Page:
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Staff Retreat: Team Building and Goal Setting

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Apr 05, 2012

By Yoongie Min, OD



A staff retreat can be a powerful tool to motivate your staff and focus them on setting and fulfilling improvement goals. Careful planning and team-building exercises can make a retreat a measurable success.

Earlier this year, my staff and I spent one full work day on an office retreat at a conference center on a beautiful farm outside Columbus, Ohio, where our practice is located. Our purpose was to set improvement goals for our practice, and to put in place a plan to achieve those goals. The retreat was relatively easy to plan, and it was affordable, especially in view of the revenue and efficiency benefits that we derive as a result of this experience, which helps to focus us on our goals and motivate us to achieve them.

Choose a Venue
with a Proven Agenda


The venue we used for our last office retreat, Woodhaven Farm in Johnstown, Ohio, specializes in corporate retreats and teambuilding through cooking. Here is their standard agenda for a one-day business retreat:


1. A brief orientation on the menu, food safety and outlining goals for the day.

 2. The group is divided into smaller teams responsible for their own part of the meal. Each "team" will work together to prepare one or more dishes. All the recipes, fresh ingredients and equipment are supplied by the venue. While cooking, teams are encouraged to problem solve, share ideas with other groups and receive as little instruction as possible from the chef.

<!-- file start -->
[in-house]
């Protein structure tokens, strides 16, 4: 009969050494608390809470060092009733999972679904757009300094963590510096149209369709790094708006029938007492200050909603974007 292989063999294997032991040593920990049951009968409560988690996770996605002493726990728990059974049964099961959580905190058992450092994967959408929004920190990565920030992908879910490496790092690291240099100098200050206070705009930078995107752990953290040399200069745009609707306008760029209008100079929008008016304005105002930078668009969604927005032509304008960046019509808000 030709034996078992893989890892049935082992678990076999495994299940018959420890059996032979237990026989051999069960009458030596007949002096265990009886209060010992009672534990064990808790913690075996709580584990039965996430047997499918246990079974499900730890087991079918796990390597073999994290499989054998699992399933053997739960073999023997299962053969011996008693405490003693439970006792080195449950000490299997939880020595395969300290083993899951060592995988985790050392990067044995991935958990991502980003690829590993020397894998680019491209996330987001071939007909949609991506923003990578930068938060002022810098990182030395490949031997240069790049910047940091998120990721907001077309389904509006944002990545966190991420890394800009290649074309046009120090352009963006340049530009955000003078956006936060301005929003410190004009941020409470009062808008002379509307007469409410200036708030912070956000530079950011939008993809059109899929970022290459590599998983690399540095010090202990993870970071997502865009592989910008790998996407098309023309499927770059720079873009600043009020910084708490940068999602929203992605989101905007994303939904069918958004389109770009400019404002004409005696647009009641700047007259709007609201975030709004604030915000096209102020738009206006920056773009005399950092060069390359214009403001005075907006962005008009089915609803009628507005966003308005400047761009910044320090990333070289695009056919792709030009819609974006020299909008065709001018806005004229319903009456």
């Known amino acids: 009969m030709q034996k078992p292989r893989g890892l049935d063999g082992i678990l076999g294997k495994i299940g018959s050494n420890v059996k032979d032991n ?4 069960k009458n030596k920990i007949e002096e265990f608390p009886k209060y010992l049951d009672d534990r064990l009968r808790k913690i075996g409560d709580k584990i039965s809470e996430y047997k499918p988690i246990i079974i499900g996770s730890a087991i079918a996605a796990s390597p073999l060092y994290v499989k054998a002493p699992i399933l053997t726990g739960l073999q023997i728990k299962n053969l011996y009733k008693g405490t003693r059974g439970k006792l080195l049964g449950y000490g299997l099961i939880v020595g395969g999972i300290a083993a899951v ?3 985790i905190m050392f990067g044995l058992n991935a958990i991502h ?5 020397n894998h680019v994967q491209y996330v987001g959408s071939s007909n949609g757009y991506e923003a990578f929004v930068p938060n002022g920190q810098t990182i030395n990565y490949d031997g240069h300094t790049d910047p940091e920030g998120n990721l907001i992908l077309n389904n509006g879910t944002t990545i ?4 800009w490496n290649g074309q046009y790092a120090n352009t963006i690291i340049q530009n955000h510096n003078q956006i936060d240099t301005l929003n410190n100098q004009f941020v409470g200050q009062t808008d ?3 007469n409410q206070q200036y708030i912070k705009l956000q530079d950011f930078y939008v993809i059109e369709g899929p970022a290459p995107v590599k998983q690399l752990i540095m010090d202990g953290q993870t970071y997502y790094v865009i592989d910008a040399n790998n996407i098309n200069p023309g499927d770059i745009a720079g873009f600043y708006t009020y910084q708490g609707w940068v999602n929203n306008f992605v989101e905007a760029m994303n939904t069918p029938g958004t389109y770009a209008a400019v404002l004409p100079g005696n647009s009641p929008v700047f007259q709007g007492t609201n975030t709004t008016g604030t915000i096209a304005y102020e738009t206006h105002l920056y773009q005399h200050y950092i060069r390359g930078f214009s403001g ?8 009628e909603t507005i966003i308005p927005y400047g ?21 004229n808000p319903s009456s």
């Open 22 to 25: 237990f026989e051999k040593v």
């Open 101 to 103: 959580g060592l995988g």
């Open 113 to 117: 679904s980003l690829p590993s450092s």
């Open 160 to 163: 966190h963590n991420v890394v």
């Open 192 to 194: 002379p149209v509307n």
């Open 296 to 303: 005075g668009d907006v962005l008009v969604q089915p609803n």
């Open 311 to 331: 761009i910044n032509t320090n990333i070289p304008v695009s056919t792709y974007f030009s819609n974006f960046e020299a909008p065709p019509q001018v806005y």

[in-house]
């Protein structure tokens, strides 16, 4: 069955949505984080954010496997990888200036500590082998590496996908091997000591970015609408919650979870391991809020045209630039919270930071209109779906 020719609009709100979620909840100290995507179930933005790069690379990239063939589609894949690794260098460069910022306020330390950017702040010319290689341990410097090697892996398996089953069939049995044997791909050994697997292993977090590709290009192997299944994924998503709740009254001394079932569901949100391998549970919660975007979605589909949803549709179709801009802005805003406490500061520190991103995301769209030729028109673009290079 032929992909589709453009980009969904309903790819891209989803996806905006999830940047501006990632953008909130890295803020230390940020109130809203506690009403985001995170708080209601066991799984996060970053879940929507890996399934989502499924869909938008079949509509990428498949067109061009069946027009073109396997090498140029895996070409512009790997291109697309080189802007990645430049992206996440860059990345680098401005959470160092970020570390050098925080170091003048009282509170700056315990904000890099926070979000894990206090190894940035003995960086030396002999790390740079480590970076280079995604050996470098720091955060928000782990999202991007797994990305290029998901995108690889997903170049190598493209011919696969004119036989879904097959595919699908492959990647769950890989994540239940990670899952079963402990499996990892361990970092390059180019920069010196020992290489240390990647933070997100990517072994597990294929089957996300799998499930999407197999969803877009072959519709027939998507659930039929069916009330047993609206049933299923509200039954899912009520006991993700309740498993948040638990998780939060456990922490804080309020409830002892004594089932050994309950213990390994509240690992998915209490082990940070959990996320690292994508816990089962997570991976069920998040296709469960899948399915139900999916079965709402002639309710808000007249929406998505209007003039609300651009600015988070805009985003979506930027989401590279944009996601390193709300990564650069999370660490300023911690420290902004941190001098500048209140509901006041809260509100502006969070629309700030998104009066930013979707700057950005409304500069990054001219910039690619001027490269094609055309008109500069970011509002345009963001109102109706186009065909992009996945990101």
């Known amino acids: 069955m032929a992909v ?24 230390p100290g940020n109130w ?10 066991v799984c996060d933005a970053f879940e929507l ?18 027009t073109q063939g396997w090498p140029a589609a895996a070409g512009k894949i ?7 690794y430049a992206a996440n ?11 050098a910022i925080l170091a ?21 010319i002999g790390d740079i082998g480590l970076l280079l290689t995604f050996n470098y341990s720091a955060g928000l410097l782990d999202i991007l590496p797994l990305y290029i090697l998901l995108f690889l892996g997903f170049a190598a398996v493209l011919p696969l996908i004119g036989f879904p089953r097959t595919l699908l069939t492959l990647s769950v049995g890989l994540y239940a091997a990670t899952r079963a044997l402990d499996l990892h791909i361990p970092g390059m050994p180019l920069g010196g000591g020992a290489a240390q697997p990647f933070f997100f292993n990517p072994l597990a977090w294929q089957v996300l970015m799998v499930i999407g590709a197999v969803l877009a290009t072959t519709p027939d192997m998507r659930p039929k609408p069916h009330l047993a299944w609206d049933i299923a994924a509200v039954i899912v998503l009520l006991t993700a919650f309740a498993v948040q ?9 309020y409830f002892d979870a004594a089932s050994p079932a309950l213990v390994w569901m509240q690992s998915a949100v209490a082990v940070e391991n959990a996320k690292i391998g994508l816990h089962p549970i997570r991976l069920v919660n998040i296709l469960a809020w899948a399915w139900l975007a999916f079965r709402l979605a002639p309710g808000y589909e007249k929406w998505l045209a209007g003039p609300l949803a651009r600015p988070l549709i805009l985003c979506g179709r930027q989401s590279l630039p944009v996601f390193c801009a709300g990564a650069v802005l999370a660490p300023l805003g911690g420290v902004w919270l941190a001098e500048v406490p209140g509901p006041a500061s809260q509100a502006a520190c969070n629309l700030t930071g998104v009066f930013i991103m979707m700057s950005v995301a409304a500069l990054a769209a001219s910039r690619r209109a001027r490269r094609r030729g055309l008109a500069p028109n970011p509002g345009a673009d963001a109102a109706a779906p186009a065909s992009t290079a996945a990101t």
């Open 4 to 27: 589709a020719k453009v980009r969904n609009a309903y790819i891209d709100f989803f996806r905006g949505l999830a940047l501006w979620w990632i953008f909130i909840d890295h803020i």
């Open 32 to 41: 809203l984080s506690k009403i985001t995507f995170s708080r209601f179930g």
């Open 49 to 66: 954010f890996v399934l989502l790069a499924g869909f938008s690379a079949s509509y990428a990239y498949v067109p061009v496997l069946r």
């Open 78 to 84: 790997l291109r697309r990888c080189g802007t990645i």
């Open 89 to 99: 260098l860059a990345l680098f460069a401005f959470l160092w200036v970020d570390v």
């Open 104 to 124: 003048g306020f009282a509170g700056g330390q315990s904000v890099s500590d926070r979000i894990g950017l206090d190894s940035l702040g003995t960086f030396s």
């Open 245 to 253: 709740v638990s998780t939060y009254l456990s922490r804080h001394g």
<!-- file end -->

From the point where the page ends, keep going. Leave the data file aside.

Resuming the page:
3. Upon completion, each group presents their finished dishes. The entire group sits down together for a dining experience.

  4. Afterwards, teams meet and discuss what they learned in the kitchen and about the team building process. The event usually lasts about two to three hours for lunch and three to four hours for dinner.



Planning the Retreat

It usually takes us one to two weeks to plan a retreat, including choosing the venue and setting the day's agenda. My staff and I typically share planning duties. We try to do two staff retreats per year if possible. Many doctors are probably concerned about taking a day out of the office due to loss of revenue. We have never seen a dip in income after a retreat, and, in fact, we usually see an increase in revenues due to better teamwork in making sales in the optical. Cost for the rental of the space, all food and drinks was $850 for 11 people.


Here is how we spent the day at this last retreat.


Teambuilding Through Cooking
We held our retreat at Woodhaven Farm in Johnstown, Ohio. The farm has been

converted to a conference center that specializes in team building through cooking

together. We were provided with a kitchen that was stocked with ingredients. We also had venue staff on hand to help us put together our meal. Figuring out a recipe together teaches staff the same skills they need to work together to serve patients. For example, as a group you must decide who will do which tasks to get the meal together, similar to how both the doctor and staff play a role in prescribing and then delivering the patient eyewear. You might say an activity like this helps us see how we blend our roles in the office to deliver just the right eye health and eyewear recipe for each patient.